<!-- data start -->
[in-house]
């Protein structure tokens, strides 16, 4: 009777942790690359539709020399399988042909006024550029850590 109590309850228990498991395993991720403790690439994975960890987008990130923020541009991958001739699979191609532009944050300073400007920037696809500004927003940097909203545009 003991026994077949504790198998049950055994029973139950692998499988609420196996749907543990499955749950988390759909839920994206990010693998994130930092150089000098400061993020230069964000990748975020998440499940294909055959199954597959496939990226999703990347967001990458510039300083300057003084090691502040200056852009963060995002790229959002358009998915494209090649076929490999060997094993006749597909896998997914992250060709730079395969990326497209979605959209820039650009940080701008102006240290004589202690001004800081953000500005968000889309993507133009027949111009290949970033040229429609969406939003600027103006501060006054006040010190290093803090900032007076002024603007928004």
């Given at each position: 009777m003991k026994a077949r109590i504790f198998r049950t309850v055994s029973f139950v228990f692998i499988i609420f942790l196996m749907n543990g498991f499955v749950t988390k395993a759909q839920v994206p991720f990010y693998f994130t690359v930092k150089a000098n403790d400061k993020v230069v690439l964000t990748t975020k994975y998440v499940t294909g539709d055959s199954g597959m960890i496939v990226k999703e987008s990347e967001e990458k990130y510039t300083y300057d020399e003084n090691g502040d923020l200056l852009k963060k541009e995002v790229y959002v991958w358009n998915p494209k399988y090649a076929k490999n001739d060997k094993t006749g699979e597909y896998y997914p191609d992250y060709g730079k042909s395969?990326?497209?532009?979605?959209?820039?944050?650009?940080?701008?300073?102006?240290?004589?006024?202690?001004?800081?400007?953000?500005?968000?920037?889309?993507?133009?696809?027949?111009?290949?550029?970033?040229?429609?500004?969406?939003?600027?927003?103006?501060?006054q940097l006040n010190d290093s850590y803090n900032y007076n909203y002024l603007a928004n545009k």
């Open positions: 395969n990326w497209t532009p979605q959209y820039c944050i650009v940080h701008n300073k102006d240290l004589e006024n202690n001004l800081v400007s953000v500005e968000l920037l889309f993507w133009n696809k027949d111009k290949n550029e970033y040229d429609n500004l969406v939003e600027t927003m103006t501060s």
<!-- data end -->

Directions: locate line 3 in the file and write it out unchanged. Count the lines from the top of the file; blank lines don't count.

């Given at each position: 009777m003991k026994a077949r109590i504790f198998r049950t309850v055994s029973f139950v228990f692998i499988i609420f942790l196996m749907n543990g498991f499955v749950t988390k395993a759909q839920v994206p991720f990010y693998f994130t690359v930092k150089a000098n403790d400061k993020v230069v690439l964000t990748t975020k994975y998440v499940t294909g539709d055959s199954g597959m960890i496939v990226k999703e987008s990347e967001e990458k990130y510039t300083y300057d020399e003084n090691g502040d923020l200056l852009k963060k541009e995002v790229y959002v991958w358009n998915p494209k399988y090649a076929k490999n001739d060997k094993t006749g699979e597909y896998y997914p191609d992250y060709g730079k042909s395969?990326?497209?532009?979605?959209?820039?944050?650009?940080?701008?300073?102006?240290?004589?006024?202690?001004?800081?400007?953000?500005?968000?920037?889309?993507?133009?696809?027949?111009?290949?550029?970033?040229?429609?500004?969406?939003?600027?927003?103006?501060?006054q940097l006040n010190d290093s850590y803090n900032y007076n909203y002024l603007a928004n545009k």